Thursday, March 14, 2013

Will Having One Lung Limit Pope Francis?

MAYWOOD, Ill. - According to news reports, Pope Francis had one lung removed due to an infection when he was a teenager.

“A person with two lungs has a lot of reserve function, so if one lung is removed, he or she can still function normally, without shortness of breath,” said Loyola University Medical Center pulmonologist Dr. Daniel Dilling.

Today, physicians rarely remove lungs due to infections, Dilling said. But last century, it was more common to remove part of a lung (lobectomy) or an entire lung (pneumonectomy) to treat tuberculosis or another lung condition caused by infection, bronchiectasis.

Removing a lung leaves a cavity in the chest, which gradually fills up with sterile, watery fluid that does not cause problems, Dilling said.

Having just one lung might affect the performance of an elite athlete, Dilling said. But otherwise, people who have just one lung “can live normal, productive lives without shortness of breath or other symptoms,” Dilling said.

However, if a person with one lung suffers a lung disease, he or she will not have any reserve capacity to compensate for loss of lung function caused by the disease, Dilling said.

Today, lungs are rarely removed to treat infections. Rather, prompt and aggressive treatment with antibiotics can treat tuberculosis or stop the development of bronchiectasis, Dilling said.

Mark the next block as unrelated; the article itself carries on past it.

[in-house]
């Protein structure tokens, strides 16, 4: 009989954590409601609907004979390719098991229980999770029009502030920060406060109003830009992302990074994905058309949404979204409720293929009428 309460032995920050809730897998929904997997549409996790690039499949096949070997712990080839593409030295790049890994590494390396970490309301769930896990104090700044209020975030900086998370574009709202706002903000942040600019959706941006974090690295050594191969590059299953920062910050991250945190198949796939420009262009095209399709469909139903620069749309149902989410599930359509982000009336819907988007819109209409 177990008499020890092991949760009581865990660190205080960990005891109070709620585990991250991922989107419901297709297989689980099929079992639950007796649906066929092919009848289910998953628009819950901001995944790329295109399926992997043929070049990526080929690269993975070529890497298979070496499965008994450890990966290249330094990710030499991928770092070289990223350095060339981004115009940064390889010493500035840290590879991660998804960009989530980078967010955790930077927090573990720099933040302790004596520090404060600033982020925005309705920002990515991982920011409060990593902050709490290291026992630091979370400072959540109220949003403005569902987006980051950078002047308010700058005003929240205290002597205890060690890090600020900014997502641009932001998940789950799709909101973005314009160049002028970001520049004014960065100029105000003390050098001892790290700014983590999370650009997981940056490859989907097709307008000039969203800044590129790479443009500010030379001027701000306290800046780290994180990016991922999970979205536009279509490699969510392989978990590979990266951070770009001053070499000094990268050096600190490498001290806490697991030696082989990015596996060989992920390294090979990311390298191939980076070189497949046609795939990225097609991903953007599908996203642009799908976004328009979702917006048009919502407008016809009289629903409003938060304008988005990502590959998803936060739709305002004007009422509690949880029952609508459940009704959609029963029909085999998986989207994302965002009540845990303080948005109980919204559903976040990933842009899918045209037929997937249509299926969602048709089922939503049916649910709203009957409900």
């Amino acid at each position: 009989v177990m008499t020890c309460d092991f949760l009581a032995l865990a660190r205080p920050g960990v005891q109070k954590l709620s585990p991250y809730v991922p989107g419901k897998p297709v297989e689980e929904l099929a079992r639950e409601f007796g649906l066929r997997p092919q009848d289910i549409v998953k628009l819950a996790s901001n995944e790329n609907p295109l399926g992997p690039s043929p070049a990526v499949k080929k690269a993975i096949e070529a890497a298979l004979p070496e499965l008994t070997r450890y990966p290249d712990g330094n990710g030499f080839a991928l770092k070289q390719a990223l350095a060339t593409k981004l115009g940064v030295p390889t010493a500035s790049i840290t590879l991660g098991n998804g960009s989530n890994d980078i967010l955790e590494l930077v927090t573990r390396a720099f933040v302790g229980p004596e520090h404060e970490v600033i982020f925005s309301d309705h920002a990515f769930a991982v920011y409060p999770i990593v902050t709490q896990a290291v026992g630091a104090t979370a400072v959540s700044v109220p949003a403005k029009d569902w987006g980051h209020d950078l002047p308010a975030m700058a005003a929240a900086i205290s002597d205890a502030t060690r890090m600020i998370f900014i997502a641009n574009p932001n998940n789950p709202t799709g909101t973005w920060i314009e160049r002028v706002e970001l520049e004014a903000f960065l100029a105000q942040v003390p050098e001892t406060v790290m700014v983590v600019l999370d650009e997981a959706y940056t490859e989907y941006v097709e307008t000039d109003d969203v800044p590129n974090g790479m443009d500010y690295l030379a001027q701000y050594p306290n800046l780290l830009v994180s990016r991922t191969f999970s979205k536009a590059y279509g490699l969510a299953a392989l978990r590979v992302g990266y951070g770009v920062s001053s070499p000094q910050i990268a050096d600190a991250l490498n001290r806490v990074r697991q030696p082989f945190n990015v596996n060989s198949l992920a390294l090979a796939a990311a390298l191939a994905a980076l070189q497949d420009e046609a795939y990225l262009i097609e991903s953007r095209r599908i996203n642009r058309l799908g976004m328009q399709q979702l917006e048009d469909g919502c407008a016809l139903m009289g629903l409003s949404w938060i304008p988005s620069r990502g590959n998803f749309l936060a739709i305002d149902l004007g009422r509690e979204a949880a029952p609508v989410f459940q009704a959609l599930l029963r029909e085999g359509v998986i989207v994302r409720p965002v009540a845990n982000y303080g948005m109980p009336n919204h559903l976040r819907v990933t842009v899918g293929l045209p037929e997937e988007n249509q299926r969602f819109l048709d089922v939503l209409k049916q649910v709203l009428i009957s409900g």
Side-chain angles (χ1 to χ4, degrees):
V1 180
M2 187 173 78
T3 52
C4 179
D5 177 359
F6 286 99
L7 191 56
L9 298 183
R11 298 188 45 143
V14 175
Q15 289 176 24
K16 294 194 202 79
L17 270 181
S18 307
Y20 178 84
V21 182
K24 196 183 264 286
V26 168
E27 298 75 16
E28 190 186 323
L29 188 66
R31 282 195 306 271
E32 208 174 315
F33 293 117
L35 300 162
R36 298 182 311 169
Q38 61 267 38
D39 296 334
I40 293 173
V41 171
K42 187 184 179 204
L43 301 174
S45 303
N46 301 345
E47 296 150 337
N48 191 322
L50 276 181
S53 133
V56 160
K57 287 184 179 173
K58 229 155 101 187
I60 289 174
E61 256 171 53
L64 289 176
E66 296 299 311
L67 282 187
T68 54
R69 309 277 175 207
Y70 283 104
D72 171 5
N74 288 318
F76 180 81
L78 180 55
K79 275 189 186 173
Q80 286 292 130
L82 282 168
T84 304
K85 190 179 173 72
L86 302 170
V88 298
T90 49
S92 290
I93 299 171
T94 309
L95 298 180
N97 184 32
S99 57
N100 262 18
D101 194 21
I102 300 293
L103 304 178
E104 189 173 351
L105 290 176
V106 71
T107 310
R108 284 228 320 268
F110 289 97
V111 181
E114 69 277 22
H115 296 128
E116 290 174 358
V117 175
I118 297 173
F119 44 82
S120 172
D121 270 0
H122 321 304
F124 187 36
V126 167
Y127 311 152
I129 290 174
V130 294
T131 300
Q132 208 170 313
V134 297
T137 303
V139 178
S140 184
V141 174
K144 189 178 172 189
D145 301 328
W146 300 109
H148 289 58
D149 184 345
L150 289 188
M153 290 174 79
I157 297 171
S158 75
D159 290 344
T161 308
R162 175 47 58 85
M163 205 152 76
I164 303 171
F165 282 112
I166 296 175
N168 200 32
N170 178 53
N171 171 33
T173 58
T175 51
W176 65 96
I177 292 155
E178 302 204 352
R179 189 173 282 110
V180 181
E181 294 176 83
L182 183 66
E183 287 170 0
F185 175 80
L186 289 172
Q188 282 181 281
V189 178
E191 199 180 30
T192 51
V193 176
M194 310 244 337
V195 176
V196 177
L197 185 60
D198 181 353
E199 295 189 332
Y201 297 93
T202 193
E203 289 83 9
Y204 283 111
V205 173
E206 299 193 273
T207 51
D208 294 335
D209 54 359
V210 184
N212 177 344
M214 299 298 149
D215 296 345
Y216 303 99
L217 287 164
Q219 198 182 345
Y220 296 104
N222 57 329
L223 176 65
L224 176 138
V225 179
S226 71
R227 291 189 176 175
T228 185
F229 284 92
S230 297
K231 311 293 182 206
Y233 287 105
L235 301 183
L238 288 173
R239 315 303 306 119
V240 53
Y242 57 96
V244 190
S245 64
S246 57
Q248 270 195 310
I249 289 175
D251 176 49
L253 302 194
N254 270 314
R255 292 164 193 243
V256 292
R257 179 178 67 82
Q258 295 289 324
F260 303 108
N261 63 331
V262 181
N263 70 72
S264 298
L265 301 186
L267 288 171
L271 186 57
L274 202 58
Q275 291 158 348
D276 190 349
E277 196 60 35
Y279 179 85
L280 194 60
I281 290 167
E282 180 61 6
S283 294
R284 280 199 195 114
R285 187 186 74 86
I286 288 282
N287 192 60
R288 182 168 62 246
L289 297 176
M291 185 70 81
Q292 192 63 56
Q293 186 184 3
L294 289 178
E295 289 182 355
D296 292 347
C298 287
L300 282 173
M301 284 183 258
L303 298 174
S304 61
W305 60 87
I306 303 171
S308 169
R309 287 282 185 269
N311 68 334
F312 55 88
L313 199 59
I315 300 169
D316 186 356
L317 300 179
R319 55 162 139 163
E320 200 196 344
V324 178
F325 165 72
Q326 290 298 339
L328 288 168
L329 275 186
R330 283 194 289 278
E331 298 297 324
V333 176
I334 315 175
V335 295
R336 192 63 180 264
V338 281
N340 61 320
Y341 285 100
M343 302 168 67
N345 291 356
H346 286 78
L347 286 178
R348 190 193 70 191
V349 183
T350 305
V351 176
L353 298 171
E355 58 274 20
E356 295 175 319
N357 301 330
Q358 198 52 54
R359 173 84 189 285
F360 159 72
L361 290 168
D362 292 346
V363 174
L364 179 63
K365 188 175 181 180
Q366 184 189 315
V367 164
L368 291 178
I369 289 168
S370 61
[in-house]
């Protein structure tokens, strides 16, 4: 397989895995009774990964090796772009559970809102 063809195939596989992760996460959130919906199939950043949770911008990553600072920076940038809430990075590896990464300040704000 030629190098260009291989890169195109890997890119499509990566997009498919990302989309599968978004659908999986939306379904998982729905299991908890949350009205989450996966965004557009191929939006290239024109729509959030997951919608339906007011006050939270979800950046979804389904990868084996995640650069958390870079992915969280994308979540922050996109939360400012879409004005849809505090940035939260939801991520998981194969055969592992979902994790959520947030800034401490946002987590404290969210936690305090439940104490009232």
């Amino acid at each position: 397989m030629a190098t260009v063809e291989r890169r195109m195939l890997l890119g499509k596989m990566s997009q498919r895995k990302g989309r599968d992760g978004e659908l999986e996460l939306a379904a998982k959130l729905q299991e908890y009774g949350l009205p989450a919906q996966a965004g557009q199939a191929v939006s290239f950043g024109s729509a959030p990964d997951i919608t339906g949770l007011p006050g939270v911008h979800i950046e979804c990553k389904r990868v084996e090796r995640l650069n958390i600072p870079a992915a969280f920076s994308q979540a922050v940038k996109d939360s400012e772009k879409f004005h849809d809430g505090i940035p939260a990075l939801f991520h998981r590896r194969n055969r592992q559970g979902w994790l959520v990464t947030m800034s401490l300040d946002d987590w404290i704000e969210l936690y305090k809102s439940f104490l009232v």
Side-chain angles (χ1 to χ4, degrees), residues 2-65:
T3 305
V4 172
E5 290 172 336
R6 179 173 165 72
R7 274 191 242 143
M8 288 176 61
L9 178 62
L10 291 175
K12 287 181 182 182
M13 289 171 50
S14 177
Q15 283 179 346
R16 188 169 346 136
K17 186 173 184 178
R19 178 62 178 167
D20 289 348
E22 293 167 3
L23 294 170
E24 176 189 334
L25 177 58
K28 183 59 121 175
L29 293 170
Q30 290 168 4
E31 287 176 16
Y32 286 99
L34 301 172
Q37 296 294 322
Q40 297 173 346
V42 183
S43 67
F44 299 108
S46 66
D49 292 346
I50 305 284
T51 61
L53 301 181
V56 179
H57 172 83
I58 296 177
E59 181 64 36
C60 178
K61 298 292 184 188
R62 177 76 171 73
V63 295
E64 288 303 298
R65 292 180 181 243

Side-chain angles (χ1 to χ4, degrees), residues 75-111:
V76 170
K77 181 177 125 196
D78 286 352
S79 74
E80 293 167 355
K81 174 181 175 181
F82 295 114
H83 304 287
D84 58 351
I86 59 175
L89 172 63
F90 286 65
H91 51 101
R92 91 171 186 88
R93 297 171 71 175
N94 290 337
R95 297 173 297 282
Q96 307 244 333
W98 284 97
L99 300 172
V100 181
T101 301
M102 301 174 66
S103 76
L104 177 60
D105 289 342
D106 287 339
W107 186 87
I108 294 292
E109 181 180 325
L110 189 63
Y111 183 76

Dilling treats advanced and end-stage lung diseases and is a lung transplantation specialist. He is an associate professor in the Division of Pulmonary and Critical Care Medicine at Loyola University Chicago Stritch School of Medicine.

About Loyola University Health System

Loyola University Health System (LUHS) is a member of Trinity Health. Based in the western suburbs of Chicago, LUHS is a quaternary care system that includes Loyola University Medical Center (LUMC), located on a 61-acre campus in Maywood, Gottlieb Memorial Hospital (GMH), on a 36-acre campus in Melrose Park, and convenient locations offering primary and specialty care services throughout Cook, Will and DuPage counties. At the heart of LUMC is a 547-licensed-bed hospital that houses the Center for Heart & Vascular Medicine, the Cardinal Bernardin Cancer Center, a Level 1 trauma center, a burn center, a children's hospital, Loyola Outpatient Center, and Loyola Oral Health Center. The campus also is home to Loyola University Chicago Stritch School of Medicine, Loyola University Chicago Marcella Niehoff School of Nursing and the Loyola Center for Fitness. The GMH campus includes a 254-licensed-bed community hospital, a Professional Office Building with 150 private practice clinics, an adult day care program, the Gottlieb Center for Fitness, the Loyola Center for Metabolic Surgery and Bariatric Care and the Loyola Cancer Care & Research at the Marjorie G. Weinberg Cancer Center at Melrose Park.

Trinity Health is one of the largest multi-institutional Catholic health care delivery systems in the nation. It serves people and communities in 22 states from coast to coast with 93 hospitals, and 120 continuing care locations — including home care, hospice, PACE and senior living facilities — that provide nearly 2.5 million visits annually.